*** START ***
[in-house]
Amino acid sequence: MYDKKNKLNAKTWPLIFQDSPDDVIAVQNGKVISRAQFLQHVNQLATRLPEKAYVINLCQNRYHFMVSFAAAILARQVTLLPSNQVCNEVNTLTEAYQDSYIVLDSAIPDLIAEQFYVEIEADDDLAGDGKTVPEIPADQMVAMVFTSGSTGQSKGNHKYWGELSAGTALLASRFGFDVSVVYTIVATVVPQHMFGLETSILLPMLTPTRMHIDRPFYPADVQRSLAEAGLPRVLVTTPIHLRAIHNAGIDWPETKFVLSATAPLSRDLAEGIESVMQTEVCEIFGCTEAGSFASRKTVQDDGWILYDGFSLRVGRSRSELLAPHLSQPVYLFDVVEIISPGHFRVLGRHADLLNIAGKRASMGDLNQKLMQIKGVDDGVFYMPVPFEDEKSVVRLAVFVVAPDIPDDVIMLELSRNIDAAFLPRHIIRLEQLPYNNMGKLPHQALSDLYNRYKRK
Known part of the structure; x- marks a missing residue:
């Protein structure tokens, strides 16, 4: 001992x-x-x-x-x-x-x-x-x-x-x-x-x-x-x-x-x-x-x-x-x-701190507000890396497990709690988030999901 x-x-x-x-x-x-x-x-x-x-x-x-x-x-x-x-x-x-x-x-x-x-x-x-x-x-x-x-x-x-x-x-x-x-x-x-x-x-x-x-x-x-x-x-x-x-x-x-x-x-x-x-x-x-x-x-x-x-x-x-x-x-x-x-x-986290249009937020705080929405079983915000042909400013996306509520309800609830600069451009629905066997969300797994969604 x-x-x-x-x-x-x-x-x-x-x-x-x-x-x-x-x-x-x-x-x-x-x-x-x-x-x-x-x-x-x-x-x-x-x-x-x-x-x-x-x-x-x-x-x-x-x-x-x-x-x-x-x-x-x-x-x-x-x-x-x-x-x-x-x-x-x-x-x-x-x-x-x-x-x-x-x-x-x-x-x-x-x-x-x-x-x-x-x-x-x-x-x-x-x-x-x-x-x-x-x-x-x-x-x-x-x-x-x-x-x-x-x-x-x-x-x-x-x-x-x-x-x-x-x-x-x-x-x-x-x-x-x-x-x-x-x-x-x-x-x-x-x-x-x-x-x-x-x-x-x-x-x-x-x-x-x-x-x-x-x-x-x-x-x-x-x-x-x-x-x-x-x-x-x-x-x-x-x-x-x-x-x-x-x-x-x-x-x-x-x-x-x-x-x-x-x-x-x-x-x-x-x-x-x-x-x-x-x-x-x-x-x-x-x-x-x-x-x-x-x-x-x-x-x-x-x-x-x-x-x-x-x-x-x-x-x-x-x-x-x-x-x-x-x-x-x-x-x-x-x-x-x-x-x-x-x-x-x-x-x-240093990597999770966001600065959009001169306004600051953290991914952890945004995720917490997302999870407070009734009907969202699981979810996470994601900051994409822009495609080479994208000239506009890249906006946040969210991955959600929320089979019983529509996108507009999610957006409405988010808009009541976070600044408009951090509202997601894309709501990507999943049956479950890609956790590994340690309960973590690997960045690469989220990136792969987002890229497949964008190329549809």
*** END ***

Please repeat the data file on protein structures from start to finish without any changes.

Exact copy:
[in-house]
Amino acid sequence: MYDKKNKLNAKTWPLIFQDSPDDVIAVQNGKVISRAQFLQHVNQLATRLPEKAYVINLCQNRYHFMVSFAAAILARQVTLLPSNQVCNEVNTLTEAYQDSYIVLDSAIPDLIAEQFYVEIEADDDLAGDGKTVPEIPADQMVAMVFTSGSTGQSKGNHKYWGELSAGTALLASRFGFDVSVVYTIVATVVPQHMFGLETSILLPMLTPTRMHIDRPFYPADVQRSLAEAGLPRVLVTTPIHLRAIHNAGIDWPETKFVLSATAPLSRDLAEGIESVMQTEVCEIFGCTEAGSFASRKTVQDDGWILYDGFSLRVGRSRSELLAPHLSQPVYLFDVVEIISPGHFRVLGRHADLLNIAGKRASMGDLNQKLMQIKGVDDGVFYMPVPFEDEKSVVRLAVFVVAPDIPDDVIMLELSRNIDAAFLPRHIIRLEQLPYNNMGKLPHQALSDLYNRYKRK
Known part of the structure; x- marks a missing residue:
């Protein structure tokens, strides 16, 4: 001992x-x-x-x-x-x-x-x-x-x-x-x-x-x-x-x-x-x-x-x-x-701190507000890396497990709690988030999901 x-x-x-x-x-x-x-x-x-x-x-x-x-x-x-x-x-x-x-x-x-x-x-x-x-x-x-x-x-x-x-x-x-x-x-x-x-x-x-x-x-x-x-x-x-x-x-x-x-x-x-x-x-x-x-x-x-x-x-x-x-x-x-x-x-986290249009937020705080929405079983915000042909400013996306509520309800609830600069451009629905066997969300797994969604 x-x-x-x-x-x-x-x-x-x-x-x-x-x-x-x-x-x-x-x-x-x-x-x-x-x-x-x-x-x-x-x-x-x-x-x-x-x-x-x-x-x-x-x-x-x-x-x-x-x-x-x-x-x-x-x-x-x-x-x-x-x-x-x-x-x-x-x-x-x-x-x-x-x-x-x-x-x-x-x-x-x-x-x-x-x-x-x-x-x-x-x-x-x-x-x-x-x-x-x-x-x-x-x-x-x-x-x-x-x-x-x-x-x-x-x-x-x-x-x-x-x-x-x-x-x-x-x-x-x-x-x-x-x-x-x-x-x-x-x-x-x-x-x-x-x-x-x-x-x-x-x-x-x-x-x-x-x-x-x-x-x-x-x-x-x-x-x-x-x-x-x-x-x-x-x-x-x-x-x-x-x-x-x-x-x-x-x-x-x-x-x-x-x-x-x-x-x-x-x-x-x-x-x-x-x-x-x-x-x-x-x-x-x-x-x-x-x-x-x-x-x-x-x-x-x-x-x-x-x-x-x-x-x-x-x-x-x-x-x-x-x-x-x-x-x-x-x-x-x-x-x-x-x-x-x-x-x-x-x-x-240093990597999770966001600065959009001169306004600051953290991914952890945004995720917490997302999870407070009734009907969202699981979810996470994601900051994409822009495609080479994208000239506009890249906006946040969210991955959600929320089979019983529509996108507009999610957006409405988010808009009541976070600044408009951090509202997601894309709501990507999943049956479950890609956790590994340690309960973590690997960045690469989220990136792969987002890229497949964008190329549809």